This course introduces students to the foundations of
Literary Theory through a survey of
the historical development of the field from the Classical period to the early twentieth
Literary critics engage in literary
criticism, that is, the interpretation of literary works. This course introduces students to the
foundations of what some call
‘literary theory’ (and others the ‘philosophy of literature’), a sound grasp
of which is indispensable to all those seeking to become effective critics.
Literary theorists reflect
philosophically on both the nature of literature and the theoretical
principles which underpin the process of criticism by which meaning is
attributed to literary works. Literary theory is a subset of a
wider field sometimes called ‘critical theory’ (literally, the theory of
criticism) and sometimes called ‘aesthetics’ devoted to philosophical reflection on the
arts in general (art, film, etc.).
Some of the most important issues addressed by literary
Audience: does the meaning of a (literary) work derive
mainly from its impact
on the audience or does the audience, rather, shape the meaning of
a (literary) work? (Critics who answer yes to the former question
are sometimes said to subscribe to a pragmatic theory of art; those
who answer yes to the latter are sometimes called reader-response
Author: does the meaning of a (literary) work
primarily originate within the writer? (Critics who answer yes to this are
said to subscribe to an expressive theory of art);
is the meaning of a (literary)
work synonymous for the most part
with the form or structure of the work itself
should we therefore ignore all
factors external to the work itself (such as the world, readers,
(Critics who answer yes to this are sometimes said to subscribe to an objective
or formalist theory of art);
Literary History / Tradition / Intertextuality /
Canonicity: is the meaning
of a (literary) work derived mainly
from its social and historical context and
/ or its relationship to other (literary)
works? If so, how exactly should we
understand this relationship: in terms of mere succession?
Influence? etc. Why are some
writers and their works deemed more important than others?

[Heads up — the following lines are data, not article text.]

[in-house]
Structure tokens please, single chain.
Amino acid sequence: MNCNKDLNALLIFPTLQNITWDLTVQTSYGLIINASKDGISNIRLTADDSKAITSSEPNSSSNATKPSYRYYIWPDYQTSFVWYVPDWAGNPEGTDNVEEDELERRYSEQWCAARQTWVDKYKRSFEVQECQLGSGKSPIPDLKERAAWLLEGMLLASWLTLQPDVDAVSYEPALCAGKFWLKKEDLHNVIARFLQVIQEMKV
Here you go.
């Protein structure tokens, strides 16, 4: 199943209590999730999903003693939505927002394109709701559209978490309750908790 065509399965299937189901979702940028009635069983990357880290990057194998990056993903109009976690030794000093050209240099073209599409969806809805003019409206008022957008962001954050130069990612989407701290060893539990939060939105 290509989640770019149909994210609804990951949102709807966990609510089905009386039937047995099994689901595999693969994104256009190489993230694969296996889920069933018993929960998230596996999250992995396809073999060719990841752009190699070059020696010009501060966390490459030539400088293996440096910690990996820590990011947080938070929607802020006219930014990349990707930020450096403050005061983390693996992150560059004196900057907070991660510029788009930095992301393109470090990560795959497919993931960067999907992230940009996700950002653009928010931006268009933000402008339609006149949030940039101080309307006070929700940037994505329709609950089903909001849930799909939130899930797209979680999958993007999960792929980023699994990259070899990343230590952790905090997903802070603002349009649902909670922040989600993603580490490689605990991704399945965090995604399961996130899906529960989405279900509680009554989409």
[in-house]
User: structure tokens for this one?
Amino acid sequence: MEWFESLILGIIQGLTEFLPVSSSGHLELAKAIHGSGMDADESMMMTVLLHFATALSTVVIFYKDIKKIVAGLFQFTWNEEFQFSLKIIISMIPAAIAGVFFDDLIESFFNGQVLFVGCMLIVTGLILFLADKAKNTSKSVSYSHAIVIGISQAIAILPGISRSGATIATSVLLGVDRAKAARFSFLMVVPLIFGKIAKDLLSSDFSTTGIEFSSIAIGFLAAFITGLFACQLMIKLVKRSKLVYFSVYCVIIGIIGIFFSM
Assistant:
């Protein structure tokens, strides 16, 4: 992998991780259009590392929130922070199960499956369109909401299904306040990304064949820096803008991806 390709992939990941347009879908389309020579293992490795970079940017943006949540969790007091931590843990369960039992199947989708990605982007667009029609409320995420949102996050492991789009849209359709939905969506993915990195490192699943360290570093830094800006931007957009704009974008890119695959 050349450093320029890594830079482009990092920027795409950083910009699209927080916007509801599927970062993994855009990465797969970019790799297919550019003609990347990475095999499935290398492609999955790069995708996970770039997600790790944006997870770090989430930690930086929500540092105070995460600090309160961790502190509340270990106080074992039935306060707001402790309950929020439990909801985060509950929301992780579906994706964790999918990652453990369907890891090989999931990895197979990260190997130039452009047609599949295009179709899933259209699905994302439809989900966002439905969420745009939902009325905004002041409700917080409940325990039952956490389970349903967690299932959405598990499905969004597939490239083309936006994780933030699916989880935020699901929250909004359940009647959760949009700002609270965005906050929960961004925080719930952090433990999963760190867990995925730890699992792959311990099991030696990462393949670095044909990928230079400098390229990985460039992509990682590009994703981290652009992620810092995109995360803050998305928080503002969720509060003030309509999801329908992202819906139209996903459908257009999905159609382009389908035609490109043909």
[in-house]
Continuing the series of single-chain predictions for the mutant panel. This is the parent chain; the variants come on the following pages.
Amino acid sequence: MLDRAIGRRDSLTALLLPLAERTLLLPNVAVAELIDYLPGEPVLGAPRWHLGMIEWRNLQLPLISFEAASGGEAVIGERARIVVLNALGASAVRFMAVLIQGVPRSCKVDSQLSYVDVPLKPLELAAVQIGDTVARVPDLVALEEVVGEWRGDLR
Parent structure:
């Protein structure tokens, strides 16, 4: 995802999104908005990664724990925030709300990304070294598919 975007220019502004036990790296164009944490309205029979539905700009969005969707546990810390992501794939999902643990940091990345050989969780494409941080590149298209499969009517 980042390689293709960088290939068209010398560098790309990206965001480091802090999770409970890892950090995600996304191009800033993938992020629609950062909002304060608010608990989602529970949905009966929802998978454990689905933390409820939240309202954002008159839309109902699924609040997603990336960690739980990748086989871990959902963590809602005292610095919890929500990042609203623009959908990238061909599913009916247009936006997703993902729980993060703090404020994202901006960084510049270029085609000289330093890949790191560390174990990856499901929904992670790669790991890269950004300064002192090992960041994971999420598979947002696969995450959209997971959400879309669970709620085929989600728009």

Representation: does the meaning of a (literary) work derive
primarily from what
it imitates or reflects in the world outside the work itself? (Critics who answer yes to this are sometimes said to subscribe
to a mimetic theory of art);
We will explore these issues by carefully reading seminal statements
on literature in particular and the arts in general by key theorists ranging
from the Classical period (e.g. Plato) to the twentieth century (e.g. T. S. Eliot). In each case, we
will attempt to relate these views to wider philosophical concerns.
For example, to understand Plato's views on the impact which drama has on the
audience, we will need to grasp his views on the nature of human identity.
We will also compare
these views, where possible, with relevant essays by Feminist, Post-colonial
American theorists such as Virginia Woolf or Kamau Brathwaite.
Through close examination of practical illustrations of
these theories (especially with reference to Post-colonial literatures),
students will also be encouraged to apply the paradigms discussed in their own
By the end of this course, students will:
have become acquainted with the views of key figures in the development of
literary theory such as Plato, Aristotle, T. S. Eliot, Virginia
Woolf, and Derek Walcott;
have been introduced to some of the key concepts, debates and issues in
literary theory concerning the nature of literature; literary
authorship; literary form; literary history, intertextuality, and
canonicity; the literary reader and the reading process; and
been been exposed to some key concepts, debates and issues of wider
philosophical interest such as the nature of human identity,
knowledge, and language;
be able to apply some of the most important insights gained to the
of literary works.
Passes in LITS1001 Introduction to Poetry, LITS1002 Introduction
to Prose Fiction, and LITS1003 Introduction to Drama.
A pass in LITS1005 Writing About
Literature (formerly E10E) is welcome but not mandatory. Passes in
any Level I or II Philosophy courses are also useful.
LITS2306 is, in turn, the pre-requisite for the other Theory courses:
Modern Literary Theory
LITS3301 Issues in Criticism
Post-Structuralisms and Post-colonialisms
Regular attendance, participation, presentation(s),
Mid-Semester Term Paper: 30%
Course Work Subtotal: 40%
Final Examination: 60% (2 questions in 2 hours)
Please note that, whatever the final mark, students must
pass at least one
question in the final exam to pass any course in Literatures in
English. Failures of this sort are denoted by FE ('Failed Exam') on the grade slip.